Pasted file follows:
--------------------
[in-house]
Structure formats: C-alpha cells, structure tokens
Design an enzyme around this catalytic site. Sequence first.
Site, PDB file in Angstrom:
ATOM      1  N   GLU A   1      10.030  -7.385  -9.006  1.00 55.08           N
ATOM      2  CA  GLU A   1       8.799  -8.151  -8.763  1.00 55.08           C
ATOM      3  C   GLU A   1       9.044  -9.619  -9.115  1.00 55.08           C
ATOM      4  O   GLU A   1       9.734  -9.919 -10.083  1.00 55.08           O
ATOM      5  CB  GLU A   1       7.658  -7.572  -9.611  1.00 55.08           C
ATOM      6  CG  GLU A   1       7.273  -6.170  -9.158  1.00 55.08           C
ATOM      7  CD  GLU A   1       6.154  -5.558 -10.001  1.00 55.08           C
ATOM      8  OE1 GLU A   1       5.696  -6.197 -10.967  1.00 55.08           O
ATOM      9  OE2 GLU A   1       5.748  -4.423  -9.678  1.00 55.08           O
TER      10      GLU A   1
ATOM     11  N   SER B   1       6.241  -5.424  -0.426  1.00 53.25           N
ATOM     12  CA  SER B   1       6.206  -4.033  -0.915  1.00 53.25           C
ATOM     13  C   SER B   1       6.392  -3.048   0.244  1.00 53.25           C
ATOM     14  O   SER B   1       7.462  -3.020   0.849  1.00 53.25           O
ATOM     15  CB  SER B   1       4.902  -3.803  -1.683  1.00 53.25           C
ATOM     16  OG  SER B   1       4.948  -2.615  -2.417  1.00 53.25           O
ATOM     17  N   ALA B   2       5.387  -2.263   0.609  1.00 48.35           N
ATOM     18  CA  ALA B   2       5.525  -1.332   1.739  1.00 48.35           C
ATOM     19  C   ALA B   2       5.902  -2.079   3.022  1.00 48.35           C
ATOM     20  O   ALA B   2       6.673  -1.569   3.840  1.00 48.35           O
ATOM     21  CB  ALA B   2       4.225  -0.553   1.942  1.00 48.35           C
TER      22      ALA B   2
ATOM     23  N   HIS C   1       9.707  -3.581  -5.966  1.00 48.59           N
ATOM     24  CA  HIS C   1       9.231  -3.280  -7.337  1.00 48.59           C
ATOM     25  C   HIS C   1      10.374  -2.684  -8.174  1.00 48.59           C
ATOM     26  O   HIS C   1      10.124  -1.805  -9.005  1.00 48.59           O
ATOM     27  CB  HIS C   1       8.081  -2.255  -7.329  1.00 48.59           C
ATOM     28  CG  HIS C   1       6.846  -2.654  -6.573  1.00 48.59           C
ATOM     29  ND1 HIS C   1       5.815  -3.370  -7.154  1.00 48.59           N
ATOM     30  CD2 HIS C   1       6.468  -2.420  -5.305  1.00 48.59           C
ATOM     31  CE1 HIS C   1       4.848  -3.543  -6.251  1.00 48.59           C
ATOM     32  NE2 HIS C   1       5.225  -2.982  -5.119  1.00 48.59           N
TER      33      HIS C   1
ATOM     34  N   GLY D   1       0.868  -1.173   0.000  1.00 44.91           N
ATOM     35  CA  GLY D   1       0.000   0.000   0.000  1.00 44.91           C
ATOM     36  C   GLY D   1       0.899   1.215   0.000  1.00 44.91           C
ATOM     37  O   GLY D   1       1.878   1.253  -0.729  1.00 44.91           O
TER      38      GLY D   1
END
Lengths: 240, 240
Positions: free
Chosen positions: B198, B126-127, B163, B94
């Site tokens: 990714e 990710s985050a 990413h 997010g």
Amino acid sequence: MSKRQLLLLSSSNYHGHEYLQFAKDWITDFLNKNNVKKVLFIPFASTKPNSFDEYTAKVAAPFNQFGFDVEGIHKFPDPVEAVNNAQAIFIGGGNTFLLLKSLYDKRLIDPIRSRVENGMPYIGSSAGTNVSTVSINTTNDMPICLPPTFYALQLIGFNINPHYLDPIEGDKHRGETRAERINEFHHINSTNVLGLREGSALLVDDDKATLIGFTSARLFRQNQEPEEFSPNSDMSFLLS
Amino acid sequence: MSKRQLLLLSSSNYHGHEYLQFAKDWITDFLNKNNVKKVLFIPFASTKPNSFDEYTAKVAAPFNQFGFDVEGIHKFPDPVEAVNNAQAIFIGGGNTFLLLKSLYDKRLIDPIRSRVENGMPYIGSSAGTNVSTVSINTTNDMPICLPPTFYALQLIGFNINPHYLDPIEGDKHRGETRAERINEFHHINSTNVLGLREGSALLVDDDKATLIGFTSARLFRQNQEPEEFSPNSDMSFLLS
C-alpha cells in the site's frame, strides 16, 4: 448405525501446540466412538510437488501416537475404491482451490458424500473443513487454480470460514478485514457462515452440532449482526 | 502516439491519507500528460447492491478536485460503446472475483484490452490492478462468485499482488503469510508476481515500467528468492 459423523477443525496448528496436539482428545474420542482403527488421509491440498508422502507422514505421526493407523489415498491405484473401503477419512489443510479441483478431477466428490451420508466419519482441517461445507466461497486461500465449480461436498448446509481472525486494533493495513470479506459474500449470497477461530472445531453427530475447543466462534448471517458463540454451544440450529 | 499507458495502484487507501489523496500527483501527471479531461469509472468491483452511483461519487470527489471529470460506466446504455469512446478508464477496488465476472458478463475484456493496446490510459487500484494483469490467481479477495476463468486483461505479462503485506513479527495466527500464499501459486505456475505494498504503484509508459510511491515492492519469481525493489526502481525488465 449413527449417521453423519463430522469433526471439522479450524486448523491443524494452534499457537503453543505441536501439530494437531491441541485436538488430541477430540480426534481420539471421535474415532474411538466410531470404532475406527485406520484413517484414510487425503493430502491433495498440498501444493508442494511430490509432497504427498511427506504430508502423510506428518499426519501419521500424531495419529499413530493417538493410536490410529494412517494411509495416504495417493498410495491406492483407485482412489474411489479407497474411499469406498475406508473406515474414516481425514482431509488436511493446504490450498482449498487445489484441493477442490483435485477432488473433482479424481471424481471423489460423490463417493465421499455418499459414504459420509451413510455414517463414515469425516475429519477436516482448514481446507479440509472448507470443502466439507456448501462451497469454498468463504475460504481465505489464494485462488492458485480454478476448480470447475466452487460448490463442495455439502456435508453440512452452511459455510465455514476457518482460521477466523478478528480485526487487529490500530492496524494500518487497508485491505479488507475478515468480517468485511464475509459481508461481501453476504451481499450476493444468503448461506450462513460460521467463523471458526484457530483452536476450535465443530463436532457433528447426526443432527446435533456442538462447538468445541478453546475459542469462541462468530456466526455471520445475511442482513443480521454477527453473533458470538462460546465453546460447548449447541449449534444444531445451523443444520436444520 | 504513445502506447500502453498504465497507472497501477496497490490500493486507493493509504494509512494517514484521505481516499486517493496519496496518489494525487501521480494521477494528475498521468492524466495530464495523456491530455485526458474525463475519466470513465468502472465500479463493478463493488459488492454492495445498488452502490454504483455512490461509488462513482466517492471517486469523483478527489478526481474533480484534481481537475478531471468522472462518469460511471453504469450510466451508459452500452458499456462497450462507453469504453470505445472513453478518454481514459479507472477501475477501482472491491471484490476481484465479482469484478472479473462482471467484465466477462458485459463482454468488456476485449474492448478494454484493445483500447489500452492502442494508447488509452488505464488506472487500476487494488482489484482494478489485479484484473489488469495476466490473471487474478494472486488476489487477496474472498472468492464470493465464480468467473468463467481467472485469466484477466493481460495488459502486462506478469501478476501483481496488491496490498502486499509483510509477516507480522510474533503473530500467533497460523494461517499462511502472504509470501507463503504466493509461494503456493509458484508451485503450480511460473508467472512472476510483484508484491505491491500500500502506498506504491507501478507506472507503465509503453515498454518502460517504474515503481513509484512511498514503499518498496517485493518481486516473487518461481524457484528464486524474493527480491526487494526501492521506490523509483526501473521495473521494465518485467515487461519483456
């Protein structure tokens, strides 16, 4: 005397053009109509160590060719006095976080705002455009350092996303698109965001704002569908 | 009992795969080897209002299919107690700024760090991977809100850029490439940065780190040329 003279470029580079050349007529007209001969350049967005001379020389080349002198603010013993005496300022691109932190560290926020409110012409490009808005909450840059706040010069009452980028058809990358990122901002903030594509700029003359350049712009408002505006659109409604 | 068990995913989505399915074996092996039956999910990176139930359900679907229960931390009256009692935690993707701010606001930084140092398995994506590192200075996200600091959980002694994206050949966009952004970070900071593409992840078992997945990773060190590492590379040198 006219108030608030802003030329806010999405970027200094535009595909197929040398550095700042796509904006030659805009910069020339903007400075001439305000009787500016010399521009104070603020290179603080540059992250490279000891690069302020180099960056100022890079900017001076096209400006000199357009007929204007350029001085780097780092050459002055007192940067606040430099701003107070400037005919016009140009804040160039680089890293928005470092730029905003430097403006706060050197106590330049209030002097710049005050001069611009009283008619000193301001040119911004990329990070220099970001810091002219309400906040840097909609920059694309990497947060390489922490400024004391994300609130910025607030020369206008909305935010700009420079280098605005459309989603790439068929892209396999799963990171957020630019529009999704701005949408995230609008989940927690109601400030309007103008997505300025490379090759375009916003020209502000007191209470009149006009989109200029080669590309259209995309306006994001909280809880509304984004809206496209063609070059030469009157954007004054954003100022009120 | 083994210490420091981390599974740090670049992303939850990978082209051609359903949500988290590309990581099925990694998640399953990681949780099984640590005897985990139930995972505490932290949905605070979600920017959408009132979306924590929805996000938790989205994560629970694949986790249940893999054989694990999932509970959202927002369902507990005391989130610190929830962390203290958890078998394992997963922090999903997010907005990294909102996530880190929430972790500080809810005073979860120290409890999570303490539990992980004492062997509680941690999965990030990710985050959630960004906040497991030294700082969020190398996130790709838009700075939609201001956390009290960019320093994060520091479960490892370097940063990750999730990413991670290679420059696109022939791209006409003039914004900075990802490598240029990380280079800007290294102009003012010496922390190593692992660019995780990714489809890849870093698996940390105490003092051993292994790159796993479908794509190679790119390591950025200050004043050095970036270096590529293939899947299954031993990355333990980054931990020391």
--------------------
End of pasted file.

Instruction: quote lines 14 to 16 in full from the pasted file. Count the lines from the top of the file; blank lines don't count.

TER      10      GLU A   1
ATOM     11  N   SER B   1       6.241  -5.424  -0.426  1.00 53.25           N
ATOM     12  CA  SER B   1       6.206  -4.033  -0.915  1.00 53.25           C